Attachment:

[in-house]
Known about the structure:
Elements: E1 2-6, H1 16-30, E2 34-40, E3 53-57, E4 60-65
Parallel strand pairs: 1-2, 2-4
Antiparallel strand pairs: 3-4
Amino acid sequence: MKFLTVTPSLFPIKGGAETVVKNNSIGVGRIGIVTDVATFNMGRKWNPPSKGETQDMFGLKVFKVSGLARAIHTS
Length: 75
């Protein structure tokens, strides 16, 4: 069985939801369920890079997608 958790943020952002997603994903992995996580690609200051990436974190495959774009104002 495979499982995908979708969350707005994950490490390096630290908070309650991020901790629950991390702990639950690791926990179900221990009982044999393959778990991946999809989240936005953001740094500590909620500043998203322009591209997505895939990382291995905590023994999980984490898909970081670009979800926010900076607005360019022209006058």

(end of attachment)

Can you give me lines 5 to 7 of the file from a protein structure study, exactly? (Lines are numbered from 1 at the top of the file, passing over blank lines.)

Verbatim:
Antiparallel strand pairs: 3-4
Amino acid sequence: MKFLTVTPSLFPIKGGAETVVKNNSIGVGRIGIVTDVATFNMGRKWNPPSKGETQDMFGLKVFKVSGLARAIHTS
Length: 75